Preserving Isolated Sage-Grouse Populations Depends on Habitat Connectivity
January 30, 2017
Editor’s note: The following research summary describes a new article in The Condor: Ornithological Applications, a journal of The American Ornithologists’ Union, and was provided by the Central Ornithology Publication Office. For more on Greater Sage-Grouse conservation, see Last Grouse Standing: Can Birds and Industry Coexist in the Western Sage Lands? from the Spring 2015 issue of Living Bird magazine.
Greater Sage-Grouse depend on large, intact tracts of the sagebrush habitat. Current sage-grouse conservation plans focus on protecting selected “priority areas,” but these areas vary in size and proximity to each other—will they be able to sustain thriving, interconnected populations over time? A new study from The Condor: Ornithological Applications evaluates this approach.
Small, isolated populations of sage-grouse are especially vulnerable to threats like wildfires and West Nile virus, and genetic diversity declines if birds don’t have the ability to occasionally interbreed with other groups. This study provides land managers with a new way to rank priority areas based on their contributions to connectivity.
Using a statistical technique known as graph theory, Michele Crist, Steven Knick, and Steven Hanser of the U.S. Geological Survey examined how the spatial arrangement of priority areas might affect their ability to function as an interconnected network of reserves. They found that of the three networks of sage-grouse priority areas—the Washington network, the Bi-State Network comprising California and Nevada, and the Central network, which is the largest and includes parts of ten states—only the priority areas of the Central network had a high degree of connectivity, and even there connectivity was dominated by a small number of large, centrally located sites.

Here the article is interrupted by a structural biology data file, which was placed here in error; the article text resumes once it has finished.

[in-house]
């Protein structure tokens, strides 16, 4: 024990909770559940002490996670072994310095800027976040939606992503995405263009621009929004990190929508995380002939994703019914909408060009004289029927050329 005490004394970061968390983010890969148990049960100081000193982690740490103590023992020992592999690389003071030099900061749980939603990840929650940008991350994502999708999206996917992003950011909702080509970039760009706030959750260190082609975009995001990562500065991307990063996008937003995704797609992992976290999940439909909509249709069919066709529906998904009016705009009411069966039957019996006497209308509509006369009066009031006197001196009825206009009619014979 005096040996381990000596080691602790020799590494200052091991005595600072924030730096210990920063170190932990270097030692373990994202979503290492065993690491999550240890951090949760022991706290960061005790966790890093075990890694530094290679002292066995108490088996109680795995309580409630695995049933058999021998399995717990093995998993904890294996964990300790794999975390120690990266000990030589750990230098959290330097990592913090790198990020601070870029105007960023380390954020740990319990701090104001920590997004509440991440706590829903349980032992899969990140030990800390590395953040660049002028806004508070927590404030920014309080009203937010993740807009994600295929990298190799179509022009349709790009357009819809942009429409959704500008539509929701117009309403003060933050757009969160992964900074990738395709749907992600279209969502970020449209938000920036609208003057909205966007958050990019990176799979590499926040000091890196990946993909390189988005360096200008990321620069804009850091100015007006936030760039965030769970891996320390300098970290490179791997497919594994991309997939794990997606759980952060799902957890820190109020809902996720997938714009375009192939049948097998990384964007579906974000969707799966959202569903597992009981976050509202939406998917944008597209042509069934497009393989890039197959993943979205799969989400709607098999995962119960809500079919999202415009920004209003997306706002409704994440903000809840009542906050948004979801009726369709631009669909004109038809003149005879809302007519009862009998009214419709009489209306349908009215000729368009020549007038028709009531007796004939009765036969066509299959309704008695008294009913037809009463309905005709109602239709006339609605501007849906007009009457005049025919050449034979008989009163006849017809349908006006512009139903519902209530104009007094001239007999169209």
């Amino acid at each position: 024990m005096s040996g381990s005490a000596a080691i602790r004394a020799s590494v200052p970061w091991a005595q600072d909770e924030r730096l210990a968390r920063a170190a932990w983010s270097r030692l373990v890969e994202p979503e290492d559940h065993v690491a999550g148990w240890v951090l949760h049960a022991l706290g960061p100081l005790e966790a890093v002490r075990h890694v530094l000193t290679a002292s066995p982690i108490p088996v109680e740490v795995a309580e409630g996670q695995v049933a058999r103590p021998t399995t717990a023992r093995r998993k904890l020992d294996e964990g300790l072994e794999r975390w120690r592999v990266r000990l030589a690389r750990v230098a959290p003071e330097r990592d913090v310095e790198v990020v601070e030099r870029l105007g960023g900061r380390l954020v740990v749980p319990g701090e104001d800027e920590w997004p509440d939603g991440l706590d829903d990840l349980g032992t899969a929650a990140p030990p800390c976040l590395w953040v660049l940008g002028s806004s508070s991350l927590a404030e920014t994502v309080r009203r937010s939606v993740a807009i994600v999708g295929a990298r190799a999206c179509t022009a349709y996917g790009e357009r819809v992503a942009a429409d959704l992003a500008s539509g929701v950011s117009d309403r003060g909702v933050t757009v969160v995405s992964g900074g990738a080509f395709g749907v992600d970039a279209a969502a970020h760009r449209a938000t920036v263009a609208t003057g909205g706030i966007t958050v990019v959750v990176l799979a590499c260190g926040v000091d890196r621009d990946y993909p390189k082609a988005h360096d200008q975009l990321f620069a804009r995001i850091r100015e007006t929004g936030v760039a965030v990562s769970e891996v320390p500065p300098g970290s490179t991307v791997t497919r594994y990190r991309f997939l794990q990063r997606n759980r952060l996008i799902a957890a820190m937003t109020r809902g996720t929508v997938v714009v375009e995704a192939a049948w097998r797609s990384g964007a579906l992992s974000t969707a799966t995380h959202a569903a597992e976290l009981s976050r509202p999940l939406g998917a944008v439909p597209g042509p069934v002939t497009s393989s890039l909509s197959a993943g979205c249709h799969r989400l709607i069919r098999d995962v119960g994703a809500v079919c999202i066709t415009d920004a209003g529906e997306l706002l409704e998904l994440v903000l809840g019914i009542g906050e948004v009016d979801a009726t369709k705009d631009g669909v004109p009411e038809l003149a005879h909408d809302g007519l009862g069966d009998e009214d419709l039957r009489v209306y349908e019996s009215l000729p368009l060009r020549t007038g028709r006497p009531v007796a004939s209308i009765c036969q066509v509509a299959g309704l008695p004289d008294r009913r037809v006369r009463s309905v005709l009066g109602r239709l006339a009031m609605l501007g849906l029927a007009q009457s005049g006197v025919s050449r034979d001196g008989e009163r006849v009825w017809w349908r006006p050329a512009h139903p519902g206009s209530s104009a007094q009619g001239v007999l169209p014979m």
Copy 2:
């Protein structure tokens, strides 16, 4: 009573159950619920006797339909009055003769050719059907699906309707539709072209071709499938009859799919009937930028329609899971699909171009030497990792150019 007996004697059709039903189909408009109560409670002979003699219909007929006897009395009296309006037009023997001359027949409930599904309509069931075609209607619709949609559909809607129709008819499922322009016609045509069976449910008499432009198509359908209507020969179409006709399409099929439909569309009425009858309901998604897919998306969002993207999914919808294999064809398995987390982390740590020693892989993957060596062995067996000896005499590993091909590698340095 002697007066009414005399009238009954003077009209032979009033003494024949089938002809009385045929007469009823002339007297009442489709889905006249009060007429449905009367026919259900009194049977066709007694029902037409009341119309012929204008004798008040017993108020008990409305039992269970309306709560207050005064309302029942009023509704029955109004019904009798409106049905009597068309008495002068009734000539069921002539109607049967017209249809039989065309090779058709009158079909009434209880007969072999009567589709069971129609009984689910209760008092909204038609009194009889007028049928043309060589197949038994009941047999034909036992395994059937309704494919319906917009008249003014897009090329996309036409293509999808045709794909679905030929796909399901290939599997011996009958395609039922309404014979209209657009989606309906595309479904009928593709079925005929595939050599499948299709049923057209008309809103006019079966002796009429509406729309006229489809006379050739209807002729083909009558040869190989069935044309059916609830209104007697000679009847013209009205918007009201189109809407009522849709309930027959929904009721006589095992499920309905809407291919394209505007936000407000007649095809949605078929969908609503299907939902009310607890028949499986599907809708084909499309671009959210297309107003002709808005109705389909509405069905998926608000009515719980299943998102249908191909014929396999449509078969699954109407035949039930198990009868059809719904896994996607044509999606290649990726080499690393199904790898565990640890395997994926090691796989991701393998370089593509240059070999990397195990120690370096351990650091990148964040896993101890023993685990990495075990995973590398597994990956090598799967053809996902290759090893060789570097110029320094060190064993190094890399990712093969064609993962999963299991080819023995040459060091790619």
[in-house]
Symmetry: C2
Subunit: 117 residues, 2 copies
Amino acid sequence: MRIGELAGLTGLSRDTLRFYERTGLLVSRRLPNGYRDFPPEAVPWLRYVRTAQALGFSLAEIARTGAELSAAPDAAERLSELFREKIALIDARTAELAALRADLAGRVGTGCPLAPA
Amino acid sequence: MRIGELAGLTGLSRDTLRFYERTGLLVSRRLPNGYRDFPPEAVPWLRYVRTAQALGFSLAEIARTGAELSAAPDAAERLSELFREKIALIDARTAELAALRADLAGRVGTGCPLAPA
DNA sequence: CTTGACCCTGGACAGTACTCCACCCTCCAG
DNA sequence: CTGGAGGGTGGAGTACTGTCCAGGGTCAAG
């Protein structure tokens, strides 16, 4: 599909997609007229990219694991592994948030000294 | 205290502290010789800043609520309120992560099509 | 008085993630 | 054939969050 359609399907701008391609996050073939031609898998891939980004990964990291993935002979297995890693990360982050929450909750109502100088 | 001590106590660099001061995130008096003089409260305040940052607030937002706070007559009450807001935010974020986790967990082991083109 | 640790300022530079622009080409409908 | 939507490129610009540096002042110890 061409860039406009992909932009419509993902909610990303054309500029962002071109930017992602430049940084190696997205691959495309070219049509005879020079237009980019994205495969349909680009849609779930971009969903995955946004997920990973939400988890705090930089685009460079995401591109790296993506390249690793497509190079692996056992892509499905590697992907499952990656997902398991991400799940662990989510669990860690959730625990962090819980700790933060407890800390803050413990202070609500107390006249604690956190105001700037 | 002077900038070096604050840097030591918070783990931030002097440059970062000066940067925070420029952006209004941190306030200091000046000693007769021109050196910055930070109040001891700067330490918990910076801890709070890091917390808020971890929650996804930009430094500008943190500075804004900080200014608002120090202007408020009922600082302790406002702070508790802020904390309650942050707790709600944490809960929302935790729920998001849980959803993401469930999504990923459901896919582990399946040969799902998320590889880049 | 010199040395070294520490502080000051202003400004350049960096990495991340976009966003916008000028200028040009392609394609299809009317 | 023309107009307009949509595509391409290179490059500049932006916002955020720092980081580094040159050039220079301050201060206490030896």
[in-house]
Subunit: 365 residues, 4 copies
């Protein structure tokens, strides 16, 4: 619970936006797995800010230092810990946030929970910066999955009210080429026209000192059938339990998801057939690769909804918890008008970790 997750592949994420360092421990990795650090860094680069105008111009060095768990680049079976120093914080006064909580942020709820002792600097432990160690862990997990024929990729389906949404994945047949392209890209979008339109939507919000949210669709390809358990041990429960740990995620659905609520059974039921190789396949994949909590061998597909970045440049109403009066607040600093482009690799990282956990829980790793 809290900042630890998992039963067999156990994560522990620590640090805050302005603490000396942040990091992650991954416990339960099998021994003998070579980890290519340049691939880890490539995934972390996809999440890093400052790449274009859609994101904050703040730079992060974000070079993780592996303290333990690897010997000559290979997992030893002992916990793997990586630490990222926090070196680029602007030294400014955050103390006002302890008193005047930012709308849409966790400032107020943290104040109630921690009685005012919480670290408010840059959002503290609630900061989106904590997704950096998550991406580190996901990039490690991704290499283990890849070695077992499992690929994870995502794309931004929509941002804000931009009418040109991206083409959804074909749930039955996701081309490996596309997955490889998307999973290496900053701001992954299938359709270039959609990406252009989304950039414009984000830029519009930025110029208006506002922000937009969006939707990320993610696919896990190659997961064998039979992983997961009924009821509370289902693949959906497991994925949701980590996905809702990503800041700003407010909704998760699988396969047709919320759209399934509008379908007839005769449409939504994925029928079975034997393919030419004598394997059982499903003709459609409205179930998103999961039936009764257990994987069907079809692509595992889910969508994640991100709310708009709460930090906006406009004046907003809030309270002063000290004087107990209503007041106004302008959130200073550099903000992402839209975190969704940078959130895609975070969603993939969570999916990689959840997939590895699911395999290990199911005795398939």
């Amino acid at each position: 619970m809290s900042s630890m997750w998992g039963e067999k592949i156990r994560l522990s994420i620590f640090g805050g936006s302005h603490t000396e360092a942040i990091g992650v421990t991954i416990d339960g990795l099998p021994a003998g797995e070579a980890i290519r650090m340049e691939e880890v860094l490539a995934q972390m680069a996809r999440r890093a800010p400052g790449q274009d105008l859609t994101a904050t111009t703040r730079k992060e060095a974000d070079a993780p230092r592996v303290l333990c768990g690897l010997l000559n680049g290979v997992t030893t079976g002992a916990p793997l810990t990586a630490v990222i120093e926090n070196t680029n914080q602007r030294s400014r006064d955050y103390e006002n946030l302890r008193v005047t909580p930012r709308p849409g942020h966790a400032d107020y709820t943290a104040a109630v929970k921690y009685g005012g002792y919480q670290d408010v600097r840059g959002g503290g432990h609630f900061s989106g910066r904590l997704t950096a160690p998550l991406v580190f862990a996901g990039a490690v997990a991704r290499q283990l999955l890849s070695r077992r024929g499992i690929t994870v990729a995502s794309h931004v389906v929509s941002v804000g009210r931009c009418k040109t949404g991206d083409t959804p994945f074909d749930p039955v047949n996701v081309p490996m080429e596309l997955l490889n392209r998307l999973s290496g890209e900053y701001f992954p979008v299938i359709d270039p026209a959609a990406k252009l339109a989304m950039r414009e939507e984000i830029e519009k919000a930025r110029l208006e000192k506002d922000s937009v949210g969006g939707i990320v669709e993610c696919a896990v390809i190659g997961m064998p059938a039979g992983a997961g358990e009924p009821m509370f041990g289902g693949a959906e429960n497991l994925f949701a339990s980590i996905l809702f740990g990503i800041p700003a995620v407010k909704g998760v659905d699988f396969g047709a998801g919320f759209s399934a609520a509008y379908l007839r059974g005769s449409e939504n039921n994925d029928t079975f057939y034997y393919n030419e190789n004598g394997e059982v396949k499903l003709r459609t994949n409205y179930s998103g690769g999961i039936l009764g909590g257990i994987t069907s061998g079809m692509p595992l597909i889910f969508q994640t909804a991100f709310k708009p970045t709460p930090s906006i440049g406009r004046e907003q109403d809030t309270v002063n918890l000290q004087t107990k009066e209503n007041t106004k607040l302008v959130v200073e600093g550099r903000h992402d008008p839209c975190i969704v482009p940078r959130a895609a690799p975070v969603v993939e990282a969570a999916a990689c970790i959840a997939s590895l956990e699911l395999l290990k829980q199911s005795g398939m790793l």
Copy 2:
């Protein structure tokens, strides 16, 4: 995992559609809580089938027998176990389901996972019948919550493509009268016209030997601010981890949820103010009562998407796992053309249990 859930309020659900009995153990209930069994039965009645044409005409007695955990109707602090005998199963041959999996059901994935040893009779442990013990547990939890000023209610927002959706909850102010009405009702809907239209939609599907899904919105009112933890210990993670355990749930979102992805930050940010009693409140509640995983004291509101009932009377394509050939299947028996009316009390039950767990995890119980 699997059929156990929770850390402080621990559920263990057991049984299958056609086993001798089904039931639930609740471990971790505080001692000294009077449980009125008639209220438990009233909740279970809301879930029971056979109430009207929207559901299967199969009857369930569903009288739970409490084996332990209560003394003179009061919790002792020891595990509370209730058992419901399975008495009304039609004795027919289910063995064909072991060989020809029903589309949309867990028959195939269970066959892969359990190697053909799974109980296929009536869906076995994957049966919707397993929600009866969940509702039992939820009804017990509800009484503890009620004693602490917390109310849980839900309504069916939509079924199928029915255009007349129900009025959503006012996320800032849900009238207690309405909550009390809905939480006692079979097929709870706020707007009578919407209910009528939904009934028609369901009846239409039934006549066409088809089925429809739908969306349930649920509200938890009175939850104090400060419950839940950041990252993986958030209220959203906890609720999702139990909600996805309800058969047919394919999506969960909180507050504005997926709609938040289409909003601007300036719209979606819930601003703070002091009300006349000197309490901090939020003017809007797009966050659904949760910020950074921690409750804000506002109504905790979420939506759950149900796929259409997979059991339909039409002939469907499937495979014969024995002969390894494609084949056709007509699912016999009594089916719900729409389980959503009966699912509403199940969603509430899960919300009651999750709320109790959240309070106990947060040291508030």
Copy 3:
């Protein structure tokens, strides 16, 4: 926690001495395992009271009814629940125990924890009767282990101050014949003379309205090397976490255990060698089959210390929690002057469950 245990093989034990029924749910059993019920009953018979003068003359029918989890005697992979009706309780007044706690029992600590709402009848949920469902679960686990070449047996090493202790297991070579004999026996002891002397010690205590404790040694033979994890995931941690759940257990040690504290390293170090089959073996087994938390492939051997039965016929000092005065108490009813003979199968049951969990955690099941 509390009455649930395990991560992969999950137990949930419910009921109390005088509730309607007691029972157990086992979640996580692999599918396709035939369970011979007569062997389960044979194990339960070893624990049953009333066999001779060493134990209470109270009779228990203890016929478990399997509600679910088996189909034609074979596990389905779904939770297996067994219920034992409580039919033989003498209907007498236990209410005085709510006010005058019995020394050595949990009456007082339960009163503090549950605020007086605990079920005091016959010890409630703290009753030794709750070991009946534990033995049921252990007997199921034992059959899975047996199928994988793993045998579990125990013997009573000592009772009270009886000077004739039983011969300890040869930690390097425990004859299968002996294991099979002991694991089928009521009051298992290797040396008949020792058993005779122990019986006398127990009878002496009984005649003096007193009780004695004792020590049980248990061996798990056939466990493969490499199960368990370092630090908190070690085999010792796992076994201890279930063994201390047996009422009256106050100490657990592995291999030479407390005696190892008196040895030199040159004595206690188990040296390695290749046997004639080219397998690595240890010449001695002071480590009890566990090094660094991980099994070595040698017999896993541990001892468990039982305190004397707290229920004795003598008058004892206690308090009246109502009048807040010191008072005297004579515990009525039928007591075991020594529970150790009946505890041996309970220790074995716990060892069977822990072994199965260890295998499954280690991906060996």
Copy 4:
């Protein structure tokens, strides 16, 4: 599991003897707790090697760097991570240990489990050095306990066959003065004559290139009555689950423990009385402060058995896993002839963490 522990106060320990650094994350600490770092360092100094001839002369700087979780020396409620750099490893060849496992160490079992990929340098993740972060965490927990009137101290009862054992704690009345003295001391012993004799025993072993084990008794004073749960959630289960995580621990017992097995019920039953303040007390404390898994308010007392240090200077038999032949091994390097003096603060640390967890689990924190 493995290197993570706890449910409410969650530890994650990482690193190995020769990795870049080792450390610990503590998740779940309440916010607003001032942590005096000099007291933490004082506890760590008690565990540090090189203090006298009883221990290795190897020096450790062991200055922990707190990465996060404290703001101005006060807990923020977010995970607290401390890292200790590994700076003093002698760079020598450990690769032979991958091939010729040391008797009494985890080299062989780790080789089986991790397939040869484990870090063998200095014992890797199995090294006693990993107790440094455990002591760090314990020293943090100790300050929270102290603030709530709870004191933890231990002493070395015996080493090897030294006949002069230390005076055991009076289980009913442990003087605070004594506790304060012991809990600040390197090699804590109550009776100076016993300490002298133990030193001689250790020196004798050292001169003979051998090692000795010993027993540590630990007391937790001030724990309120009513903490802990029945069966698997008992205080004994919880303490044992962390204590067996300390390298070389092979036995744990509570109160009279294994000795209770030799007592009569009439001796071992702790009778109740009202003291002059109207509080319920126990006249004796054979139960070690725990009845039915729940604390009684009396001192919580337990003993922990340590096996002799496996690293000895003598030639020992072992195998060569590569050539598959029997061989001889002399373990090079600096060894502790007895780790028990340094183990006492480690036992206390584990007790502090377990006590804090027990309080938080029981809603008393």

“Graph theory is a way to describe a network based on sets of nodes and their connections with others. The network’s characteristics reveal a lot of information about how that network functions,” says Knick. “For example, importance within the network can be inferred from being large and having many connections or by connecting different groups within the network. The analysis is commonly applied to understand social networks.”
“Managing the differing ecologies of a landscape-scale species presents many challenges even in a perfect world of unlimited resources and complete agreement amongst all associated stakeholders. As that is almost never the case, having studies such as the one presented here is essential to inform sound, science-based decisions,” according to Pat Deibert, National Sage-Grouse Conservation Coordinator for the U.S. Fish and Wildlife Service. “This exploration of connectivity and inferences for the long-term viability of prioritizing landscapes for conservation of the Greater Sage-Grouse is extremely valuable for assessing the efficacy of the current management strategy and informing decisions and appropriate adjustments in the future.”
About the journal: The Condor: Ornithological Applications is a peer-reviewed, international journal of ornithology. It began in 1899 as the journal of the Cooper Ornithological Club, a group of ornithologists in California that became the Cooper Ornithological Society, which merged with the American Ornithologists’ Union in 2016 to become the American Ornithological Society.
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